So often many of us who have been in IT for a number of years think of software services as something getting done off shore by a large staff focused on their screens with their ‘blinders’ on. This could not be further from the truth. We have many extraordinary software development experts today focused primarily on the customer experience while using the ever improving technologies that make sure customers are no longer frustrated with websites being down, product availability advertised being untrue, or any number of issues we all encounter that causes our blood pressure to rise.
by Phil Smith, Vice President of Operations and Services
A few months back I wrote a blog for this site that talked about 3 pillars of development that are visible: cost, schedule, and quality. Like arithmetic, these items are fact-based with little room for interpretation. Dollars, time, and adherence to requirements are all measurable and tangible. Multiply this, divide by that, and you can measure earned value and know if your project is ahead, behind, or progressing as expected.
Yet the most important dynamics of the workplace are not always measureable. For instance, how is team morale? Does the organization have enough diversity? Is the team chemistry contributing to overall performance, or hurting it? This time around I’ve elected to write about things that are more subjective, including the less visible “pillars” of development and the unspoken roles of team leadership.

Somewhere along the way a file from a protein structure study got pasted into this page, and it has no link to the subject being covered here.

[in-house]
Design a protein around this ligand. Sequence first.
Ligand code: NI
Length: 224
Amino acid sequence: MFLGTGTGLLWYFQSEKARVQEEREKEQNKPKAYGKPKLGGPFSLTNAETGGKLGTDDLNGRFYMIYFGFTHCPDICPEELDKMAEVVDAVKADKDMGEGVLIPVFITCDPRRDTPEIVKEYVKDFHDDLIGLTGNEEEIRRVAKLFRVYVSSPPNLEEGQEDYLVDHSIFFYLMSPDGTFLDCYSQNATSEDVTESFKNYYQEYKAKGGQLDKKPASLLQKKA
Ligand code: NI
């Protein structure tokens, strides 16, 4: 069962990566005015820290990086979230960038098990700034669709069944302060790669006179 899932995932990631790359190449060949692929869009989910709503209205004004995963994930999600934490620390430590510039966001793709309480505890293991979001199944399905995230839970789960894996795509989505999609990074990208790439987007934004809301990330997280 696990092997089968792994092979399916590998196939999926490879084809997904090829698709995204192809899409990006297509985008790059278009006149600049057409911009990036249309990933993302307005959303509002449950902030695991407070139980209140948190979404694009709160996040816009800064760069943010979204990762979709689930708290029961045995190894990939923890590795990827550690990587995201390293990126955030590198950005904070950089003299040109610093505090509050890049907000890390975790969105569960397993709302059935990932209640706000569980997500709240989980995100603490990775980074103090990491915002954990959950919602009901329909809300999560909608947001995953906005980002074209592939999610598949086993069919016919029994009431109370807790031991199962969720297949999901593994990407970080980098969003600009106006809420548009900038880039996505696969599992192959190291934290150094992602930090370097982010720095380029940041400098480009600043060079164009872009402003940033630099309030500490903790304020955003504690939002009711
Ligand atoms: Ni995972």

Let’s look at that first.
A project manager works within the realm of cost, schedule, and quality. It is possible to affect one or two of these elements by making adjustments to the other(s). For example, we can reduce cost and advance the schedule if we are willing to sacrifice quality.
A project leader creates an environment where motivation, morale, skills, diversity, and chemistry all contribute to improved cost, schedule, and quality. It is important for us to think at a higher level specifically about these items that I’ve listed, because improving these areas is the best way to affect cost, schedule, and quality without having to make sacrifices.
Now I’ve stepped into a leadership dialog that may require multiple books to explain. Given that this is a blog and that my goal is to invoke thought, I’ll stick with the high level and will let the people who write books do their writing. In fact, I’ve included some books at the end of this blog that I believe cover these topics quite extensively.
I do want to share some of my own thoughts and I invite you to comment on the blog with your own ideas in return. In the title of the article I refer to the following concepts as development pillars as well, because they are essential to success. Continue reading